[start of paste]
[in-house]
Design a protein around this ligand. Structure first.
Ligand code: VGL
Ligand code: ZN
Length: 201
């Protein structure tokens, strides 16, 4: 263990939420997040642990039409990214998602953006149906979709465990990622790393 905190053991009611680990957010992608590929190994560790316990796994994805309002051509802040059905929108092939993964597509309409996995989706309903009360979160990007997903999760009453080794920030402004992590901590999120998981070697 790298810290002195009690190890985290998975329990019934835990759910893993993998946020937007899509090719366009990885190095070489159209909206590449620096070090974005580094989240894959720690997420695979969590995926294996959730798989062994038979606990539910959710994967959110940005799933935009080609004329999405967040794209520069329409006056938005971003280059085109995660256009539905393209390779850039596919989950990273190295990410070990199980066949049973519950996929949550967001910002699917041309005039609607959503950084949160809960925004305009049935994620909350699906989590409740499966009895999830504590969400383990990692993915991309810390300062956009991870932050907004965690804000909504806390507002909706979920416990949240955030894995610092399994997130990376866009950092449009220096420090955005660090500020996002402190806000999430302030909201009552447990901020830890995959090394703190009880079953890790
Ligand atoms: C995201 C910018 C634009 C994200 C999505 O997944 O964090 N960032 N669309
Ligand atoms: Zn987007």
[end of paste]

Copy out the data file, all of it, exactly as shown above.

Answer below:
[in-house]
Design a protein around this ligand. Structure first.
Ligand code: VGL
Ligand code: ZN
Length: 201
């Protein structure tokens, strides 16, 4: 263990939420997040642990039409990214998602953006149906979709465990990622790393 905190053991009611680990957010992608590929190994560790316990796994994805309002051509802040059905929108092939993964597509309409996995989706309903009360979160990007997903999760009453080794920030402004992590901590999120998981070697 790298810290002195009690190890985290998975329990019934835990759910893993993998946020937007899509090719366009990885190095070489159209909206590449620096070090974005580094989240894959720690997420695979969590995926294996959730798989062994038979606990539910959710994967959110940005799933935009080609004329999405967040794209520069329409006056938005971003280059085109995660256009539905393209390779850039596919989950990273190295990410070990199980066949049973519950996929949550967001910002699917041309005039609607959503950084949160809960925004305009049935994620909350699906989590409740499966009895999830504590969400383990990692993915991309810390300062956009991870932050907004965690804000909504806390507002909706979920416990949240955030894995610092399994997130990376866009950092449009220096420090955005660090500020996002402190806000999430302030909201009552447990901020830890995959090394703190009880079953890790
Ligand atoms: C995201 C910018 C634009 C994200 C999505 O997944 O964090 N960032 N669309
Ligand atoms: Zn987007």